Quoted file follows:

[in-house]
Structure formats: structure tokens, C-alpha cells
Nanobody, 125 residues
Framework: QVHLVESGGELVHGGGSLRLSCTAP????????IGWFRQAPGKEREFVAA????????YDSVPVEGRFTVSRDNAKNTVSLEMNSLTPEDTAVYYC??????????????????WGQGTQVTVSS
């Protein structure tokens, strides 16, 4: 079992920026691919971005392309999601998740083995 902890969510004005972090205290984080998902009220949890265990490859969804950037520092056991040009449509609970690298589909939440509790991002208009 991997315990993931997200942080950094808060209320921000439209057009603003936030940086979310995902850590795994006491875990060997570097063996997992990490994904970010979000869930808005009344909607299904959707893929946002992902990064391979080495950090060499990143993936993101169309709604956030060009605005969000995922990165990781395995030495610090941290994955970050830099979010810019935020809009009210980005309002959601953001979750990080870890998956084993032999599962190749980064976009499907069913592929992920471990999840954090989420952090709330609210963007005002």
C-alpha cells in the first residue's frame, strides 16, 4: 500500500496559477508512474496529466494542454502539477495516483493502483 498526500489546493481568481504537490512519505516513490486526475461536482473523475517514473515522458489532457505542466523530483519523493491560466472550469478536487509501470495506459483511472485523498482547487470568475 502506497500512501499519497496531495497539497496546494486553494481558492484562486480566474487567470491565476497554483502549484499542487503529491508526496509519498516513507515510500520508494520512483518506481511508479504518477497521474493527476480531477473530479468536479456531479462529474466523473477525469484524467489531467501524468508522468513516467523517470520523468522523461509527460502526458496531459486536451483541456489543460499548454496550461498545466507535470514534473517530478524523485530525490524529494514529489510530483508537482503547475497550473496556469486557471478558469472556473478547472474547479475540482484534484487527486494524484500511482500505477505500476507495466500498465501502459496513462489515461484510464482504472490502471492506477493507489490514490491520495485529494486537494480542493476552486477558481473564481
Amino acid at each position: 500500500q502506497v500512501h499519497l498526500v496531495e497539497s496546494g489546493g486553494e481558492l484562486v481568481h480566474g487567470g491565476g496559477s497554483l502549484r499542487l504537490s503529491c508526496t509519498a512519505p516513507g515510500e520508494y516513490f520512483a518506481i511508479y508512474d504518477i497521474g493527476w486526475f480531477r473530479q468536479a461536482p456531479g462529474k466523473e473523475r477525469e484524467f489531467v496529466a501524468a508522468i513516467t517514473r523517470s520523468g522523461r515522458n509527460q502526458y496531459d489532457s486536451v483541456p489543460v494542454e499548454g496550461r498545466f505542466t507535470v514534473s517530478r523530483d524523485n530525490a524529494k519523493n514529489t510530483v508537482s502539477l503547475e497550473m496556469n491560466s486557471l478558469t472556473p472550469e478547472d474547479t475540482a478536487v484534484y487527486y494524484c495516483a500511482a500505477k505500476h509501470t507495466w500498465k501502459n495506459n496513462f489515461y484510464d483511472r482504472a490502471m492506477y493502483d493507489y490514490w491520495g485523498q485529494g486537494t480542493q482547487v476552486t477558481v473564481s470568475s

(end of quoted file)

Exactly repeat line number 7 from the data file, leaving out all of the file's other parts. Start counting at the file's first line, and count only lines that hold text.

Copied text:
Amino acid at each position: 500500500q502506497v500512501h499519497l498526500v496531495e497539497s496546494g489546493g486553494e481558492l484562486v481568481h480566474g487567470g491565476g496559477s497554483l502549484r499542487l504537490s503529491c508526496t509519498a512519505p516513507g515510500e520508494y516513490f520512483a518506481i511508479y508512474d504518477i497521474g493527476w486526475f480531477r473530479q468536479a461536482p456531479g462529474k466523473e473523475r477525469e484524467f489531467v496529466a501524468a508522468i513516467t517514473r523517470s520523468g522523461r515522458n509527460q502526458y496531459d489532457s486536451v483541456p489543460v494542454e499548454g496550461r498545466f505542466t507535470v514534473s517530478r523530483d524523485n530525490a524529494k519523493n514529489t510530483v508537482s502539477l503547475e497550473m496556469n491560466s486557471l478558469t472556473p472550469e478547472d474547479t475540482a478536487v484534484y487527486y494524484c495516483a500511482a500505477k505500476h509501470t507495466w500498465k501502459n495506459n496513462f489515461y484510464d483511472r482504472a490502471m492506477y493502483d493507489y490514490w491520495g485523498q485529494g486537494t480542493q482547487v476552486t477558481v473564481s470568475s